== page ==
Cupertino CA-based Workspot, which makes a cloud-native VDI solution, has announced the launch of a new Cloud Consulting Partner Program. Aimed at Microsoft-focused partners working with Azure, it will complement Workspot’s existing partner program, which is focused on hyper-converged vendor partners and their channels.
“Over the last four or five months, our channel has morphed because of our relationship with Microsoft since the release of Workspot DaaS [Desktop-as-a-service] 2.0,” said Brad Peterson, Workspot’s VP of Marketing.
Workspot has always had a multi-channel strategy but a key part of their initial approach was hyper-converged vendors and their channels. This includes Nutanix, Scale Computing, SimpliVity and HPE, with their hyper-converged HC380 offering.
“The channel program established for that channel was like the difference between assembling a car in the driveway to go to dinner, by buying all the parts to get it going and calling on a channel who could help with that – or go to dinner by calling Uber.” Peterson said. “For the cloud partners, and in the new channel program, the channel role in providing maintenance is gone, and partners can provide value in more interesting ways. Reselling and services have changed in the new cloud world.”
“We are expanding our channel program, not dismantling or tweaking the old one,” said Hamish McNee, Workspot’s Senior Director of Worldwide Channels, who, like Peterson, came to Workspot from Citrix. “We aren’t ending our original reseller program. There are two separate programs and two separate partner agreements. Partners can participate in one or both programs, depending on their customer requirements.”
McNee emphasized that with the growing importance of the Azure cloud to Workspot’s business, an entirely separate program is needed to support that.
“With Azure, it’s a different model, and we need an ecosystem of partners with a different relationship with their customers – more of a SaaS style relationship,” McNee said. “The migration to the Azure cloud has created a huge shift in the market. The new program lets us find partners who can build a cloud practice.”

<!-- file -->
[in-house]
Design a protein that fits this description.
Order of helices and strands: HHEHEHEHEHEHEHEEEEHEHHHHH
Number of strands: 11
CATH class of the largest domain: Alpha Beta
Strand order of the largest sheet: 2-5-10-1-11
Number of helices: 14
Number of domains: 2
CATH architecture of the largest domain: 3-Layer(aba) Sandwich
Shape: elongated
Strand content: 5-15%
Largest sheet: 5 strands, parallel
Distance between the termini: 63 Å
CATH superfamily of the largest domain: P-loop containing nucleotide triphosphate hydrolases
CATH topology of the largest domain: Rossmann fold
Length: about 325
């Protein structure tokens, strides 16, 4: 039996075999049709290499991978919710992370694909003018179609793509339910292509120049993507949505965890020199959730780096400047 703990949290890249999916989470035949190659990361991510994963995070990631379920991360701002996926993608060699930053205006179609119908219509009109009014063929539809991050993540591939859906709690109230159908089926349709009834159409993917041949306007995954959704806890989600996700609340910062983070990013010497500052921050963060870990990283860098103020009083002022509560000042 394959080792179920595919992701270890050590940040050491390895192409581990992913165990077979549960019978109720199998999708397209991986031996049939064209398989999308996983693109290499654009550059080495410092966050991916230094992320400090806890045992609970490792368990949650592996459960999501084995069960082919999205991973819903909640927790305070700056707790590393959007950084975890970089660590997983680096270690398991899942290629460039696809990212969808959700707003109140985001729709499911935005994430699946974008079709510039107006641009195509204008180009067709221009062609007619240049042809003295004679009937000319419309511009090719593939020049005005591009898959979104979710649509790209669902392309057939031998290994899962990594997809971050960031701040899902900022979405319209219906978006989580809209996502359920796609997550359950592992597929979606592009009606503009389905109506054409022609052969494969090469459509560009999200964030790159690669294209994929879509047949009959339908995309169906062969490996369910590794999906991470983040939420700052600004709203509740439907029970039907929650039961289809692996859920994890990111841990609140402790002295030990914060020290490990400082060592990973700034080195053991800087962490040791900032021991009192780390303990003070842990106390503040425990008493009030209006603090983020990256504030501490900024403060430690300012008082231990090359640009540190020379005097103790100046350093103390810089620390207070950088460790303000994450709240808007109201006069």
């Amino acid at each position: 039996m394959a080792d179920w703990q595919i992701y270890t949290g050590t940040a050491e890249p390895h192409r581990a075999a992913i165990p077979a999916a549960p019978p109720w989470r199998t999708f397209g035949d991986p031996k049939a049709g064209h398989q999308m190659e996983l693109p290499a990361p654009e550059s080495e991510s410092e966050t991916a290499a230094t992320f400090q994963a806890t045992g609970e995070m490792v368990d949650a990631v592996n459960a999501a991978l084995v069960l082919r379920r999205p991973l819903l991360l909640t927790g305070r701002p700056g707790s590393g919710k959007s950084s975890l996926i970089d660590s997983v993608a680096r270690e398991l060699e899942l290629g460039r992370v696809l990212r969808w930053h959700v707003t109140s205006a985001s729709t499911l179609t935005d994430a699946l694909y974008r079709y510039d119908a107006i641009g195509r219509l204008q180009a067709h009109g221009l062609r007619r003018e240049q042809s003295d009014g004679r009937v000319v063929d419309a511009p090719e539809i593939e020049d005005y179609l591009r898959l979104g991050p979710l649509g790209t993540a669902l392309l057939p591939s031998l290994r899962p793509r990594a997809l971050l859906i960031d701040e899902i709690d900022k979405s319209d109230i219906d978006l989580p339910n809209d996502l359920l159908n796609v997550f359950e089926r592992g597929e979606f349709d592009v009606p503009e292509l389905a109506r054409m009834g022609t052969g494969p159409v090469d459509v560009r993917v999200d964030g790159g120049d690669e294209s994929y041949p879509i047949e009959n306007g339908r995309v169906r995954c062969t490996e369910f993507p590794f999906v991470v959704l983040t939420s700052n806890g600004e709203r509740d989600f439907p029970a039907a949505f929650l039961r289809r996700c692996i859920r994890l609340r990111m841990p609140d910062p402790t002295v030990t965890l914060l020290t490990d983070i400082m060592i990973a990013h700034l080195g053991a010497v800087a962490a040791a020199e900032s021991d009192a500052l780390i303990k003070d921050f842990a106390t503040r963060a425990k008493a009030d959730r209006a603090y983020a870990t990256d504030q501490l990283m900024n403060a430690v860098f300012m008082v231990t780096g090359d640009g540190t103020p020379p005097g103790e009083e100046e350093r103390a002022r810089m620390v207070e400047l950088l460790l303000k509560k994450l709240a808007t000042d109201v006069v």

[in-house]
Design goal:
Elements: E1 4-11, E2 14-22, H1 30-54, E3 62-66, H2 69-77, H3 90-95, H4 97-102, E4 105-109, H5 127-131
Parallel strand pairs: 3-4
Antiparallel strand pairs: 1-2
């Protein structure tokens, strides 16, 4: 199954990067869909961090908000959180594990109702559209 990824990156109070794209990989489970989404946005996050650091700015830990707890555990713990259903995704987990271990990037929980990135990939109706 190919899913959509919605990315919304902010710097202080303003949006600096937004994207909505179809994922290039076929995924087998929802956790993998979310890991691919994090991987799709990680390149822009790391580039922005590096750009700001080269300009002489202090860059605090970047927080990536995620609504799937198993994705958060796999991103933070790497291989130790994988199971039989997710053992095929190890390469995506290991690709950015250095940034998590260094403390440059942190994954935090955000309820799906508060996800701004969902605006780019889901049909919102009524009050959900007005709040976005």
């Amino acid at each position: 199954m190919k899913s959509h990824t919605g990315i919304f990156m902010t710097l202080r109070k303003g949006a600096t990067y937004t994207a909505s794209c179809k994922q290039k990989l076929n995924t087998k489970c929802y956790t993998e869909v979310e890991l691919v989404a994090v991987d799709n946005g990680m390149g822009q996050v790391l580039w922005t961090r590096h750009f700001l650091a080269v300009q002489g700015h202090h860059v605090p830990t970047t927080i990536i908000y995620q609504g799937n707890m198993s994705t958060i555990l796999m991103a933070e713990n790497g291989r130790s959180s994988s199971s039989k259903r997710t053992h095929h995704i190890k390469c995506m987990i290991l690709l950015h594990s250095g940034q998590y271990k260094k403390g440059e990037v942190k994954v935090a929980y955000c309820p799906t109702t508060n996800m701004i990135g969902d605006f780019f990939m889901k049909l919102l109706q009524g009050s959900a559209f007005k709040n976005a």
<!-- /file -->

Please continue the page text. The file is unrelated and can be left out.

McNee said that in the original model with hyper-converged partners, Workspot provides the control and orchestration, while the partners provide the server, compute, networking and storage.
“That’s still a valid model,” he said. “But in the DaaS 2.0 model, we are packaging it as a compete solution for the customer to execute, with the server, compute networking and storage being in Azure.”
The compensation model for the partners through the Azure program is also very different from the original program.
“While the original model had traditional reseller compensation, in our Cloud Consulting program it’s more of a revenue sharing model, like Salesforce,” McNee said. “We build a client for the DaaS subscription. They build a client for the services they provide, and we provide a referral fee. They don’t have to know the complexities of Azure building, and the referral fees are incredibly generous”
Most channel partners aren’t typically thrilled with referral fee compensation, which McNee acknowledged, but he also emphasized that it better fits the nature of this market, and that the partner still retains control of the customer.
“Part of the process around referral fees is the maintenance of the subscription and expansion of services around it to provide ongoing revenue for the partner,” he said. “No one partner will have all the solutions to give a full packaged cloud offering. This enables them to retain the client and focus on services, particularly around the migration to the new architecture. It also takes away all the risks for the partners in working with the Azure technology, and lets them focus on cross-selling other services like DR or Office 365 subscriptions, or managed firewall.”
McNee said Workspot is seeing almost a 5-1 ratio from additional revenue through the DaaS platform being available to partners.
MSPs are a key part of the new partner base for the Cloud Consulting program, but not the only one.
“There are also the large integrators like Accenture and Deloitte as well as companies that do IT outsourcing,” McNee indicated. “It’s not just hosting managed service partners.”
While some partnering models involving MSPs have a ‘more the merrier’ philosophy, McNee also noted that this is not the case here.
“We do not want to have thousands of partners,” he said. “We want effective ones who are aligned to our strategy. We want partners here who have an understanding of Azure, and of desktop management services, rather than those who are focused n traditional storage platforms. It’s a shift of the value chain.”